The Alberta government is providing financial support for the province’s tourism industry.
This support will allow hotels and other providers to keep tourism levy amounts collected from March 1 until the end of the year.
Any amounts collected before March, which the province deferred under the previously announced program, can continue until August 31.
The move freed $16-27 million in additional cash flow for the hospitality sector that employs 30,000 people in Alberta.
Co-chair of the Tourism and Hospitality Sub Committee for the Recovery Task Force, Paul Jones said the announcement is welcome news.
“Six months ago, we wouldn’t have thought that a restaurant server would need a face shield, but those are all supplies that are required in the hotel industry. This funding allows the industry to say ‘I have to purchase this; let’s use that funding that we weren’t expecting’.”
The Wood Buffalo Economic Development Corporation organized the larger task force.
RWMB Council tasked the group with formulating a response to the COVID-19 pandemic and more recently the flood.
Jones’ sub-committee pools information from operators of hotels and other lodgings
The COVID-19 pandemic impacted the hospitality industry on local and international levels.
Jones confirmed response plans led to the temporary closure of four hotels in Fort McMurray.
He said members of the Alberta Hotel and Lodging Association also felt the pinch.
“[Across the province], 60 per cent of the rooms were closed and 80 per cent of the staff was laid off, so we thought our numbers were a little higher than that because of the four hotels being closed.”
Jones added those numbers cover operators from small ‘Mom and Pop’ bed and breakfasts to world-class resorts.
A March 30 report from the hospitality workers union, Unite Here, estimated the closure of up to 90 per cent of Canada’s hotels amid the COVID-19 crisis.
Travel Alberta is also working on measures to support organizations across the province.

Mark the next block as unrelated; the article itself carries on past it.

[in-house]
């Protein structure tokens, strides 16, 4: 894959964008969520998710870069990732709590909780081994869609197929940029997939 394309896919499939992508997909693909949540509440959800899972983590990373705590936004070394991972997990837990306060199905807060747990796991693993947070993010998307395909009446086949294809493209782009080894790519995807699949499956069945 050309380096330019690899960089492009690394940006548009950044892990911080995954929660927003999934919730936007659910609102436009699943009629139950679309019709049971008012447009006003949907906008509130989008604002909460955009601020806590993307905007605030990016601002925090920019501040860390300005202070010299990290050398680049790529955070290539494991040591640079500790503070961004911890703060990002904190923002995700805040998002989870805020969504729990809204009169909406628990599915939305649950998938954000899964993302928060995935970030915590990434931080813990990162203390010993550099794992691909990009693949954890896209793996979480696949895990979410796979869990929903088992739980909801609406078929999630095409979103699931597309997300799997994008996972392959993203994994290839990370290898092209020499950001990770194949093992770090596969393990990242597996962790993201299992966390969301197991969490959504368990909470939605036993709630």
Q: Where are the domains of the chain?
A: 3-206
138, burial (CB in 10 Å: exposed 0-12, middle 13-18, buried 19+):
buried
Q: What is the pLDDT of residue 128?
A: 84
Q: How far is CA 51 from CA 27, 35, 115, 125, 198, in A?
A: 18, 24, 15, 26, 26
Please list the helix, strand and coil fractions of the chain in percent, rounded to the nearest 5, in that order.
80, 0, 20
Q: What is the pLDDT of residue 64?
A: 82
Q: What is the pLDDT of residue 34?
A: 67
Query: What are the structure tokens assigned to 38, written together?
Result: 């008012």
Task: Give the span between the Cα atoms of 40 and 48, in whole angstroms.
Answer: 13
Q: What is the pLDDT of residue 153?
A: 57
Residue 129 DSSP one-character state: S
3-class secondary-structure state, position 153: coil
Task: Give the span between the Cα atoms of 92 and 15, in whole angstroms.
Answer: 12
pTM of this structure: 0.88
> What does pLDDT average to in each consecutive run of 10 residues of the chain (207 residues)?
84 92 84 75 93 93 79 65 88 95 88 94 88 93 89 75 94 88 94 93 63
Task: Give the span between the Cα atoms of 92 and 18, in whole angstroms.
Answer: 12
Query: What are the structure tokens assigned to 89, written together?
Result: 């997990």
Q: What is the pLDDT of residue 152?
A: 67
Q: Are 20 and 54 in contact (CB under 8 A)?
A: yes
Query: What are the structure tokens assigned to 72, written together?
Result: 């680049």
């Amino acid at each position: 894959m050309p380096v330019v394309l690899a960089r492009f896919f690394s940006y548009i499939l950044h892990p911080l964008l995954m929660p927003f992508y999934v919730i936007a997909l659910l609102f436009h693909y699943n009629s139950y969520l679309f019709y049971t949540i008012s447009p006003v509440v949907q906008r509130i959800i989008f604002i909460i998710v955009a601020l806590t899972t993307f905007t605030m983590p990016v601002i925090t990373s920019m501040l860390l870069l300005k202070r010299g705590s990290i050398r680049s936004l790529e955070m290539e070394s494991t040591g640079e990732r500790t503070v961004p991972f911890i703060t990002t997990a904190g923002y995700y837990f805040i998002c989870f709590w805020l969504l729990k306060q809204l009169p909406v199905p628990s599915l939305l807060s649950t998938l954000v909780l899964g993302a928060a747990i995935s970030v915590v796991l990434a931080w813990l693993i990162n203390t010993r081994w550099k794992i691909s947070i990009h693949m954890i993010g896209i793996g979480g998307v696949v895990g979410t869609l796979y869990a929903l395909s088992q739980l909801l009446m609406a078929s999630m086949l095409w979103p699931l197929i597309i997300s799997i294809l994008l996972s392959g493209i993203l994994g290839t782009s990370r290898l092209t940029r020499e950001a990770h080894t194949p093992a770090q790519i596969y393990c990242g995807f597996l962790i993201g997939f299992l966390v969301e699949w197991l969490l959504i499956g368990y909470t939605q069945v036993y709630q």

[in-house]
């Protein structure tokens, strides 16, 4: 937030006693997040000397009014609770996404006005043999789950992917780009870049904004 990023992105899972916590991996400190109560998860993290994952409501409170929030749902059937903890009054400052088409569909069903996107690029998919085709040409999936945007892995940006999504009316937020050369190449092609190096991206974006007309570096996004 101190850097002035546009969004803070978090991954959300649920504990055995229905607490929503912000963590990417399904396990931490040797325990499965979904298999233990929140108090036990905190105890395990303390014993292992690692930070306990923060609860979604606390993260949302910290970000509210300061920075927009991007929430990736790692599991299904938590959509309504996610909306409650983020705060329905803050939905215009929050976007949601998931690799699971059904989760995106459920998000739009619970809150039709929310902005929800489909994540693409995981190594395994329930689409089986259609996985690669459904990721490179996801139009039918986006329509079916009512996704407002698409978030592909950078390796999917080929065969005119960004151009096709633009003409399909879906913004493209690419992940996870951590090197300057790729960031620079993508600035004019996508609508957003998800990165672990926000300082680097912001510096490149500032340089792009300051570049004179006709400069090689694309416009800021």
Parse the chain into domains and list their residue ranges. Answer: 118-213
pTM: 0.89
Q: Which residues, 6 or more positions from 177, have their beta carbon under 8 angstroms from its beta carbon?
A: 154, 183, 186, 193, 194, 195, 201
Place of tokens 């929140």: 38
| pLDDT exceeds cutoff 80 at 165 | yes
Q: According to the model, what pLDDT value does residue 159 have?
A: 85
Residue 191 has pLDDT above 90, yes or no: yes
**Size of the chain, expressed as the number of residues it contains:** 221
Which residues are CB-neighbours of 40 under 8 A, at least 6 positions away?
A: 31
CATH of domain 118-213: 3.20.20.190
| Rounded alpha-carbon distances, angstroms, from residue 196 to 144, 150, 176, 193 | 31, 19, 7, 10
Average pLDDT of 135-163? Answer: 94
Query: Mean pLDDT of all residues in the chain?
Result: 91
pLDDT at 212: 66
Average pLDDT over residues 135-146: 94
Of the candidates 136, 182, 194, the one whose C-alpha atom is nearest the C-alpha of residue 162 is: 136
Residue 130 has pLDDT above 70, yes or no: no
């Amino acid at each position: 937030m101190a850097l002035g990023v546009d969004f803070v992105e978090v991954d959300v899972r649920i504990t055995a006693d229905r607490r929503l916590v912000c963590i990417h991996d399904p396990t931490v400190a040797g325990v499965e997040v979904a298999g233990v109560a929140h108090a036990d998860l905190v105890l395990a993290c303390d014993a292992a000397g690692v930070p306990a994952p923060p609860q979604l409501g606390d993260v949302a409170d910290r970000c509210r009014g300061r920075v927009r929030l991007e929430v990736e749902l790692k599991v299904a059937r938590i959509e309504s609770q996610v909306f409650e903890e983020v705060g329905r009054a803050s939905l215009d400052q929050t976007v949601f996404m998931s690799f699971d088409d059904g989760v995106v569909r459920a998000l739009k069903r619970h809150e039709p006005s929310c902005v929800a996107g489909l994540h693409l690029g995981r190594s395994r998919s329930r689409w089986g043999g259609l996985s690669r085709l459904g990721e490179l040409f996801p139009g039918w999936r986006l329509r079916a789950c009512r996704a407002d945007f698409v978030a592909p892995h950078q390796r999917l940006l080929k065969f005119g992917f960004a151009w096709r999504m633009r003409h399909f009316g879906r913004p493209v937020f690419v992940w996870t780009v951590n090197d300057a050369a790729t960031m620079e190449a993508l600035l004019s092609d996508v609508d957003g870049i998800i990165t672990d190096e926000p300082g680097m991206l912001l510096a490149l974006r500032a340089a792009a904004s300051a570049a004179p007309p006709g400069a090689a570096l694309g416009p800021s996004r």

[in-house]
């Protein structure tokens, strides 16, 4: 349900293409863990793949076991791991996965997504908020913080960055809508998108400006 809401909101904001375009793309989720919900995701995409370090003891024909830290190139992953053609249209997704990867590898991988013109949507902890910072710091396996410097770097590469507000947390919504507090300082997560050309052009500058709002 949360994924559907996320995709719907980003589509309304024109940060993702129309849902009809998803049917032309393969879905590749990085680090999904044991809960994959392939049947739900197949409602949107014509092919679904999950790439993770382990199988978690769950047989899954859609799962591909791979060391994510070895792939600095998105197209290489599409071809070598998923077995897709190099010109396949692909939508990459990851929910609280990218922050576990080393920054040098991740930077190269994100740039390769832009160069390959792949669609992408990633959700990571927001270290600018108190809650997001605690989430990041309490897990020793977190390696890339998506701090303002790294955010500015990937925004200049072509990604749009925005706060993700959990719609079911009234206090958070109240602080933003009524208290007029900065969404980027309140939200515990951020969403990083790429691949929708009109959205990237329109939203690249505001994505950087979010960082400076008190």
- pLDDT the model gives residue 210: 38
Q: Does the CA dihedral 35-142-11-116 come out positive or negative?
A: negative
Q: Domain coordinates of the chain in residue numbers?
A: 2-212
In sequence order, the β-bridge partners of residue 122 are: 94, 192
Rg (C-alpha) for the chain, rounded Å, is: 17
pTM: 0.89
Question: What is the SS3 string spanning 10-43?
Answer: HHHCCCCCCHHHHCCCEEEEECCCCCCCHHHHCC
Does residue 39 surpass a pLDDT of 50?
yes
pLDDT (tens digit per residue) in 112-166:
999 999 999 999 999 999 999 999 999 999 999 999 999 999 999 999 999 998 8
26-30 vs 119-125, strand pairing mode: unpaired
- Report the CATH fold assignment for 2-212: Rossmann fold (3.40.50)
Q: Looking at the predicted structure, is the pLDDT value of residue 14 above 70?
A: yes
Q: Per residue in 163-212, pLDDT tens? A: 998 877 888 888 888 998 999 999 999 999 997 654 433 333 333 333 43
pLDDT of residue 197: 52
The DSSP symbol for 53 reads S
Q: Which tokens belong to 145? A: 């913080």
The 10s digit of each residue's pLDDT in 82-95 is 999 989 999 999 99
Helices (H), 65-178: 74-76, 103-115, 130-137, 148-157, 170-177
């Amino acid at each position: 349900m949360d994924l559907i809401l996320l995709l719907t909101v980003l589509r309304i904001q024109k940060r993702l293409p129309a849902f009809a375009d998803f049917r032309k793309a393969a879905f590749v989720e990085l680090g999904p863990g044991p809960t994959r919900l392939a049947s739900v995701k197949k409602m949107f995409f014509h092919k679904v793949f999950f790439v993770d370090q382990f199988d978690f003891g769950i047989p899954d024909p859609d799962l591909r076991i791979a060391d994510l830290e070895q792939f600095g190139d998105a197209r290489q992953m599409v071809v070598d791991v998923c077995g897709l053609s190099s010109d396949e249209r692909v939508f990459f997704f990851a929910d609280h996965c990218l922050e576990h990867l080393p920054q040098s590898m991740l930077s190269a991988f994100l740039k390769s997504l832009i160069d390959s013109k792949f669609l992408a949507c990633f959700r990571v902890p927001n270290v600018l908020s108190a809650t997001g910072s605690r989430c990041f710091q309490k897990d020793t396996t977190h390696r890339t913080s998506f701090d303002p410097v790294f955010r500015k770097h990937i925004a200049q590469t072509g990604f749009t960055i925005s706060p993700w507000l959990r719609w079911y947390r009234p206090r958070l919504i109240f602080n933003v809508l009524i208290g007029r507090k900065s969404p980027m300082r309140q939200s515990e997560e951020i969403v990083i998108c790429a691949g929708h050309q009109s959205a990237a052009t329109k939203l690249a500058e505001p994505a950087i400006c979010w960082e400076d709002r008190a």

It will announce their plan at a later date.
Jones said the region’s hospitality industry played a significant role in responding to the 2020 River Break Up Flood.
The region’s hotels, including the four previously mentioned, provided lodging for displaced residents during the flood and in the recovery stage.
Jones said hotels also factor in the region’s economic growth and marketability.
“The longer they stay close, the harder it is then for us as a community to attract the groups that we need, for example, at Shell Place. They need to have so many rooms available holding specific events in our community, so we don’t want that number to drop.”
Tanya Fir, Alberta’s Minister of Economic Development, Trade and Tourism, said they want the hospitality industry to recover and grow.
“Alberta’s tourism industry is a key contributor to our economy and it creates jobs and revenue that so many communities across our province depend on.”
Jones added residents in Wood Buffalo can contribute to the health of the local hospitality industry.
“It’s nice to see as restaurants re-open that everybody’s following the protocols that are put in place. Nobody’s angry that they can’t sit in groups; they’re just happy to be out.”
He said couples can support local hotels and take mini-breaks when many are reluctant to make non-essential, long-distance travel plans.
The new measures are part of Alberta’s plan to help the industry recover, relaunch, and re-position for growth.
This is part of the province’s 10-year tourism strategy.
This article includes excerpts from 660 News.